Alastair Graham, CEO of AgeChecked, an age verification provider for online businesses of age-restricted goods and services, explains how AV can and is being brought to bear in the mobile gambling world
Mobile gambling is a high-growth area. A Gambling Commissionstudy on the state of the industry last year reported that over half – 51% – of online gamblers had done so using a mobile phone or tablet.
Another report by the same organisation highlighted the ‘development of smartphones and tablets, allied with extensive broadband penetration, high speed mobile internet and availability of WiFi’ as key factors in the growth of the sector. Certainly as 5G networks are rolled out across the country, and smartphones get ever more powerful, the opportunities for gambling companies to offer more creative, innovative and immersive experiences will grow and grow.
A report by Technavio suggests that the global mobile gambling market will grow at a CAGR of nearly 19% from 2017 to 2021.
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Of course, all this comes with some caveats. Whilst for most users, online gambling is a fun leisure activity, an enjoyable element of downtime, a pleasant way of spending a bit of time and money, for a small minority it becomes something more problematic – and can ultimately have a devastating impact on mental health and wellbeing. Figures show that record numbers of problem gamblers were admitted to hospital last year, with calls to a UK-wide helpline increasing by more than 30%. The same Technavio report warns that mobile gambling in particular may invoke addictive behaviours, in part because of its speed and convenience.
As such, gambling businesses, like many others, have a responsibility to ensure that their customers are well-supported, and that problematic patterns of behaviour are avoided wherever possible. And such interventions become even more important as mobile gambling – which is, of course, uniquely flexible and accessible – grows too.
Protecting mobile gamblers
What kind of interventions are we talking about? For the small minority of users who develop a problematic or addictive relationship with gambling, it is critical that they get comprehensive treatment and support. This is why the recent announcement that five of the UK’s biggest gambling firms have pledged to contribute an extra £60 million a year to fund treatment for problem gamblers is so welcome.
William Hill, Ladbrokes Coral, Paddy Power Betfair, Skybet and Bet 365 will all increase their voluntary levy on profits from 0.1% to 1%. Ultimately, this should result in a seven-figure contribution.
But prevention is always better than cure. It is just as critical that gambling firms take robust and comprehensive steps to help their customers avoid developing problematic habits in the first place. Tight restrictions on the marketing and advertising of online gambling are part of the picture. Then, when it comes to online and specifically mobile gambling, this means introducing mechanisms which proactively identify and prevent worrying patterns of behaviour, including enabling and even encouraging users to lock themselves out of sites and applications where necessary.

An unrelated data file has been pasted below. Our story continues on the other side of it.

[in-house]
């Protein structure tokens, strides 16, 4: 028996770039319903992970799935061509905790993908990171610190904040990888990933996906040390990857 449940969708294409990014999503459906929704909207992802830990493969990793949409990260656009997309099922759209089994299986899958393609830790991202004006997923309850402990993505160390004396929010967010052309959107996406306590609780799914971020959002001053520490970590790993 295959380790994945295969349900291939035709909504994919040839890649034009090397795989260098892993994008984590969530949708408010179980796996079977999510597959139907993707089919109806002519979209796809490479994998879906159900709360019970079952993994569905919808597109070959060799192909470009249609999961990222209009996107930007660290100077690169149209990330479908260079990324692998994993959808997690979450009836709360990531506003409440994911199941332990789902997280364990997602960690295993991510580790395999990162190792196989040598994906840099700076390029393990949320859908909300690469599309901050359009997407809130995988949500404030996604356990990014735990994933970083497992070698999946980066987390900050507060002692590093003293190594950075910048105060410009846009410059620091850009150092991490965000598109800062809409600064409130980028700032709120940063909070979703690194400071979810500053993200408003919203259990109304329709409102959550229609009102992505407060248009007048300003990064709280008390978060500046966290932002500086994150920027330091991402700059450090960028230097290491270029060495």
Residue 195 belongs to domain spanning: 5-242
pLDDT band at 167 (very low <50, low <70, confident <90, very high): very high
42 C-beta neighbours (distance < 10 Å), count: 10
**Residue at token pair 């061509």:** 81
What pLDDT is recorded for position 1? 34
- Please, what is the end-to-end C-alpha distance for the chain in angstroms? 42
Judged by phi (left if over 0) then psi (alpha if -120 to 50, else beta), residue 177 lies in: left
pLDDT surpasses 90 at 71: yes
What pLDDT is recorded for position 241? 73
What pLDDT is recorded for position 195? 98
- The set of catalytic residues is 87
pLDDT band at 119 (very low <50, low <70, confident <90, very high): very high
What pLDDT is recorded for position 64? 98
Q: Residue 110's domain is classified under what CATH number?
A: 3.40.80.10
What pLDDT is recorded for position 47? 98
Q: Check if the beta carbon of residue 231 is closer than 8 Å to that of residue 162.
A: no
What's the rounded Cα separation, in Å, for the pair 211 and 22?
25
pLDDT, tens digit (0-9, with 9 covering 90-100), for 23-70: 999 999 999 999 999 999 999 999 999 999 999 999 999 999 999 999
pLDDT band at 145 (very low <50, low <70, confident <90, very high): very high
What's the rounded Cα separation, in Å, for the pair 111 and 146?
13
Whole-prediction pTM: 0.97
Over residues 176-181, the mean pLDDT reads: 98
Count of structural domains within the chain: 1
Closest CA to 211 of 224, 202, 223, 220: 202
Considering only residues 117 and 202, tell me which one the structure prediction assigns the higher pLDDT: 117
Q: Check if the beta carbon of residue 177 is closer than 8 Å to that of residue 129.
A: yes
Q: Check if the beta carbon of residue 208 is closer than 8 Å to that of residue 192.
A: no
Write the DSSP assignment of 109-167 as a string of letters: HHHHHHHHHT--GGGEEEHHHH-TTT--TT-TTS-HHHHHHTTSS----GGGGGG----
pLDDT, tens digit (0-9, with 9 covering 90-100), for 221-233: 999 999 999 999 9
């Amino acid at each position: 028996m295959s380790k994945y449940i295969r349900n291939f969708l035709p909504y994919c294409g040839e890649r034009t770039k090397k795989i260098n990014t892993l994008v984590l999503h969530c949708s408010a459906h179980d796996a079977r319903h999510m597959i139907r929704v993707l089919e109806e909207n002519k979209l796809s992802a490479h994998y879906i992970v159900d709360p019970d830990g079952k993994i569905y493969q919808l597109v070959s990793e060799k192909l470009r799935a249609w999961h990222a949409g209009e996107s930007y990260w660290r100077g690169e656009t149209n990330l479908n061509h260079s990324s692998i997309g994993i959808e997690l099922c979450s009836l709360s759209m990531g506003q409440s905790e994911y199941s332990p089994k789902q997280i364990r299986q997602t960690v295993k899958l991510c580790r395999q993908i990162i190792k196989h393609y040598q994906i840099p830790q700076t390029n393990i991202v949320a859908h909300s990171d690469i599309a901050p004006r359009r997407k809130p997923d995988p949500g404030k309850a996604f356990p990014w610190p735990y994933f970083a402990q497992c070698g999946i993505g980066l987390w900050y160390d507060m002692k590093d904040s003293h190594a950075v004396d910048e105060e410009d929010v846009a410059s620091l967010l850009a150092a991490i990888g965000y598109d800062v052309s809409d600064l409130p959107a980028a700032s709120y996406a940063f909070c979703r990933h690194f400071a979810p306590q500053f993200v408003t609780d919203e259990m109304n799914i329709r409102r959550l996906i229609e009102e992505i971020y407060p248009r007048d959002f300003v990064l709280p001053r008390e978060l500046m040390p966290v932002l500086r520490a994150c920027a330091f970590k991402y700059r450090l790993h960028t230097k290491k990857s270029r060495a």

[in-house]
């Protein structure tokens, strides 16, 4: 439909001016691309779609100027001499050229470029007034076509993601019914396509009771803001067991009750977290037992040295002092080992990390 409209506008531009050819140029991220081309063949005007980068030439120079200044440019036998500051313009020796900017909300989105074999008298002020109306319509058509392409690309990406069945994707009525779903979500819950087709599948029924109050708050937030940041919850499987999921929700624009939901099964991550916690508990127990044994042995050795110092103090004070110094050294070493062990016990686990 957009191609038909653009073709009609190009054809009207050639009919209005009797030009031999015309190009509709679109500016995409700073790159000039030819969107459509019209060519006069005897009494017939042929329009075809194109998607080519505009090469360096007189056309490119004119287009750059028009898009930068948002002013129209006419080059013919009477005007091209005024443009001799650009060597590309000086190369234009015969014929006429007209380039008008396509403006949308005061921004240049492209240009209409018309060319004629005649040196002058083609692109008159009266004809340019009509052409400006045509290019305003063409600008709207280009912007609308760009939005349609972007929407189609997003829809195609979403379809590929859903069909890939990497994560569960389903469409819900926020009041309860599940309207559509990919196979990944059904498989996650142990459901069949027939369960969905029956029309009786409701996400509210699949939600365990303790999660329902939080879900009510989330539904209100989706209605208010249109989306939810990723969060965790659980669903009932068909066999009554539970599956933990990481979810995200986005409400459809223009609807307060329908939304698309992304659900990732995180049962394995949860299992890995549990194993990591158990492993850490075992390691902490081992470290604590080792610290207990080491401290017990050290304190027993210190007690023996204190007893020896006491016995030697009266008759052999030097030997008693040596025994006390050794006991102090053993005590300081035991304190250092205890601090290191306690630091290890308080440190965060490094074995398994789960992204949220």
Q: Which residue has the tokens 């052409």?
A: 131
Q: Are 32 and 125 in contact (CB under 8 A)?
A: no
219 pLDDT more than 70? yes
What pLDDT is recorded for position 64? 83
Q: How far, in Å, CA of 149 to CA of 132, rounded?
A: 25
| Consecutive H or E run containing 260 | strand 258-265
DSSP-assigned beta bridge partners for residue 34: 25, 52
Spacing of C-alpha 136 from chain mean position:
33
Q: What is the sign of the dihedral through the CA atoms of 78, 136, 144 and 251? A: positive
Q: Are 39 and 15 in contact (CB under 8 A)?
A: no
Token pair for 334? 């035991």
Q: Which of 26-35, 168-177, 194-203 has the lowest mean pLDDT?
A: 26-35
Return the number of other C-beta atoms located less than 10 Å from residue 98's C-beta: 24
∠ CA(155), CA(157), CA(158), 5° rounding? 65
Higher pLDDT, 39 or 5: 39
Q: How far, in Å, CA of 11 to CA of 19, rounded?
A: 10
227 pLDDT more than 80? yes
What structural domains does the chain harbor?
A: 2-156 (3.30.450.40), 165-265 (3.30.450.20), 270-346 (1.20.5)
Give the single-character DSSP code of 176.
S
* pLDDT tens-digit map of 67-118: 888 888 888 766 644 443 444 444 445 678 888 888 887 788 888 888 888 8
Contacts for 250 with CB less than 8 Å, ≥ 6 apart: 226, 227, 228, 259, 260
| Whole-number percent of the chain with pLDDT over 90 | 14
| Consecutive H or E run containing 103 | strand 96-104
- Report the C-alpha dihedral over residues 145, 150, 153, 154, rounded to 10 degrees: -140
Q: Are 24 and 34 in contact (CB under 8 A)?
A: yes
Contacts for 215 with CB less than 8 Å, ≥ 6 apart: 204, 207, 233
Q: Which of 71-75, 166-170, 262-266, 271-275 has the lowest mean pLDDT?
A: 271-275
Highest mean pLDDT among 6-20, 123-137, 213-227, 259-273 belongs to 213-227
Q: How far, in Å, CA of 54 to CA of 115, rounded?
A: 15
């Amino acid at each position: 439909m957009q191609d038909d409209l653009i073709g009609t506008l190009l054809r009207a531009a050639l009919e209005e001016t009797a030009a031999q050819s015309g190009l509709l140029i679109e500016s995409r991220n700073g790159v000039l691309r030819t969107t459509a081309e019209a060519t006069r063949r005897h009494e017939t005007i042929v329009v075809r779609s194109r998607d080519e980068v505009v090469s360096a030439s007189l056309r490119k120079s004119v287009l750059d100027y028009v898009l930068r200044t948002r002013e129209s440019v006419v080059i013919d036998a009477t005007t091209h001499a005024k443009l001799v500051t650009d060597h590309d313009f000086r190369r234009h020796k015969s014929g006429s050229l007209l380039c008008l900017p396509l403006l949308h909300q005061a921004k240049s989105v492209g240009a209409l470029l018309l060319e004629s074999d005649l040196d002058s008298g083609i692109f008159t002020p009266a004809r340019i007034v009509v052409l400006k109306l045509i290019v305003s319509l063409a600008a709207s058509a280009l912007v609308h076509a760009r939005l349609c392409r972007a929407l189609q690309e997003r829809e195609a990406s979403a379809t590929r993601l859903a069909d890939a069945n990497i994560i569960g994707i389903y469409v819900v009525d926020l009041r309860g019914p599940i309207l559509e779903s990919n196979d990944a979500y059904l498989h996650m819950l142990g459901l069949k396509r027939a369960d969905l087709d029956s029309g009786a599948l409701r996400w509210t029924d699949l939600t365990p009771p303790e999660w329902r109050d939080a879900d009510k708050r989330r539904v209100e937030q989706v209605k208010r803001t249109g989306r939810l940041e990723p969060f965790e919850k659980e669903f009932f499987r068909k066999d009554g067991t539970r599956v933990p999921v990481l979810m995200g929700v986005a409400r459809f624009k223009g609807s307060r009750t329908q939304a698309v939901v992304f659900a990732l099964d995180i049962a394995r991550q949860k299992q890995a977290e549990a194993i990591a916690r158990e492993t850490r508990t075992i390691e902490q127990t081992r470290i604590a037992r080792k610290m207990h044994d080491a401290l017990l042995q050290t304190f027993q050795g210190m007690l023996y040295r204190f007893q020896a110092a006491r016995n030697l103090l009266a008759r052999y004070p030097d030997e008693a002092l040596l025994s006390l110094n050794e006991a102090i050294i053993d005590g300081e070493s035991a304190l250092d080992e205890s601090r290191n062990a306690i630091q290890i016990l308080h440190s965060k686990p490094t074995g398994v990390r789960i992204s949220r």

And prevention also means going back even further, and preventing certain groups from gambling altogether – particularly when it comes to children accessing gambling websites and mobile applications.
Mobile gambling and young people
The latest figures from the Gambling Commission suggest that there are an estimated 55,000 problem gamblers aged between 11 and 16, which are quadrupling of the numbers over the last two years. More broadly, 450,000 11 to 16-year-olds are said to gamble on a regular basis. And as mobile gambling becomes faster, richer and more convenient, it seems like that these numbers will increase. After all, whilst it may be difficult for a young teenager to walk into a betting shop on the high street and get served, it is often far easier for them to disguise their age online, and a smartphone or tablet can easily be taken away from the watchful eye of parents.
The upshot is that online age verification is a crucial issue for businesses seeking to take problem gambling serious. It needs to be robust and reliable – but also needs to be smooth and as frictionless as possible. After all, requiring adult customers to go through a clunky and convoluted age authentication process every time they want to access an app is a surefire way of losing legitimate, problem-free customers.
A delicate balance
The approach we have taken at AgeChecked is to provide customers with a simple, streamlined process which providers website operators with the means to determine that their customers are legally permitted to gamble.
The initial verification process works by allowing customers to verify their age securely via a unique username and password. In order to verify themselves, users can choose from a range of methods, utilising a mobile app, credit card or driving licence, for example. Once the set-up and initial age check is complete, the user will be provided with an age-verified account, to ensure logging in to any participating age-restricted site or service is easy – much better for user experience.
Striking a balance between usability and user protection, between customer experience and compliance, is a key challenge for all online businesses. But it takes on a particular weight when it comes to sectors like gambling, which have both an ethical responsibility and a commercial imperative to take customer welfare seriously. It is important for gambling businesses to take a truly comprehensive view of the challenges associated with providing their services safely, and whilst providing support for problem gamblers is a vital piece of the overall jigsaw, so too is preventing such problematic habits from occurring in the first place.